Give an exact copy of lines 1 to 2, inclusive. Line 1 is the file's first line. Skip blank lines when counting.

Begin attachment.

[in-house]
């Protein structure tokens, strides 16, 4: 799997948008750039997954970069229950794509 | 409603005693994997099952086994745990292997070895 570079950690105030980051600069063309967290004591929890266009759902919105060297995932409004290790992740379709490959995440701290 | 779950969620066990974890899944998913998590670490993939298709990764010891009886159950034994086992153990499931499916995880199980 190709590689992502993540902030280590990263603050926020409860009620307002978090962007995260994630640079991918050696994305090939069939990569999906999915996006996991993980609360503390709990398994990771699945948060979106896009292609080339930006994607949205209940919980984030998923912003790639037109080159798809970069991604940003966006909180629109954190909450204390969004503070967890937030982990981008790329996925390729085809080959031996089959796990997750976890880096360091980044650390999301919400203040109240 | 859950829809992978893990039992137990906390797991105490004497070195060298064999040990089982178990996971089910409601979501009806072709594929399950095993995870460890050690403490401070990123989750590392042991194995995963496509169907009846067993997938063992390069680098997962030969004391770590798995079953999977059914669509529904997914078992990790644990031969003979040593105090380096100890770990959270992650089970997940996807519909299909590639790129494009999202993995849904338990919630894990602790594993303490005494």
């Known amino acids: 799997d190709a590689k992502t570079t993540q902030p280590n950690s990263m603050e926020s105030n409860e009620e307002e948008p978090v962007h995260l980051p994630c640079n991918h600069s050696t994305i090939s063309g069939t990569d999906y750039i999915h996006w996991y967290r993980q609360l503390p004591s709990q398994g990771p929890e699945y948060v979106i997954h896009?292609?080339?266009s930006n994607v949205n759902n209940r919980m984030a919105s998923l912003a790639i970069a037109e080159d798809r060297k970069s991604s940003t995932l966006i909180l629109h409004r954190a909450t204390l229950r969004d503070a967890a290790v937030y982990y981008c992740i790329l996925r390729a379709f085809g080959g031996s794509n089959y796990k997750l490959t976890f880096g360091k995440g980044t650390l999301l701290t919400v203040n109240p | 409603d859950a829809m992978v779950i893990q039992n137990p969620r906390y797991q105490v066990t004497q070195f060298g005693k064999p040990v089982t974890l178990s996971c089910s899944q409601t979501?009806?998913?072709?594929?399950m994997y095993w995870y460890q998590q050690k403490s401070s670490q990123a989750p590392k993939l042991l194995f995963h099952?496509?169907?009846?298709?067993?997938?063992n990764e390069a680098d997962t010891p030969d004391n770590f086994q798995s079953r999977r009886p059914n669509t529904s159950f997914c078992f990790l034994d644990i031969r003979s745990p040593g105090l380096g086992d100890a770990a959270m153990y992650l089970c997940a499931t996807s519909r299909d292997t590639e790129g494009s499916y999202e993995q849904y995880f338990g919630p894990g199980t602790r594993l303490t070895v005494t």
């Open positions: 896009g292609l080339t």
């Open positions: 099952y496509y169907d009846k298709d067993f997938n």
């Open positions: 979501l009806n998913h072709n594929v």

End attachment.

[in-house]
């Protein structure tokens, strides 16, 4: 799997948008750039997954970069229950794509 | 409603005693994997099952086994745990292997070895 570079950690105030980051600069063309967290004591929890266009759902919105060297995932409004290790992740379709490959995440701290 | 779950969620066990974890899944998913998590670490993939298709990764010891009886159950034994086992153990499931499916995880199980 190709590689992502993540902030280590990263603050926020409860009620307002978090962007995260994630640079991918050696994305090939069939990569999906999915996006996991993980609360503390709990398994990771699945948060979106896009292609080339930006994607949205209940919980984030998923912003790639037109080159798809970069991604940003966006909180629109954190909450204390969004503070967890937030982990981008790329996925390729085809080959031996089959796990997750976890880096360091980044650390999301919400203040109240 | 859950829809992978893990039992137990906390797991105490004497070195060298064999040990089982178990996971089910409601979501009806072709594929399950095993995870460890050690403490401070990123989750590392042991194995995963496509169907009846067993997938063992390069680098997962030969004391770590798995079953999977059914669509529904997914078992990790644990031969003979040593105090380096100890770990959270992650089970997940996807519909299909590639790129494009999202993995849904338990919630894990602790594993303490005494």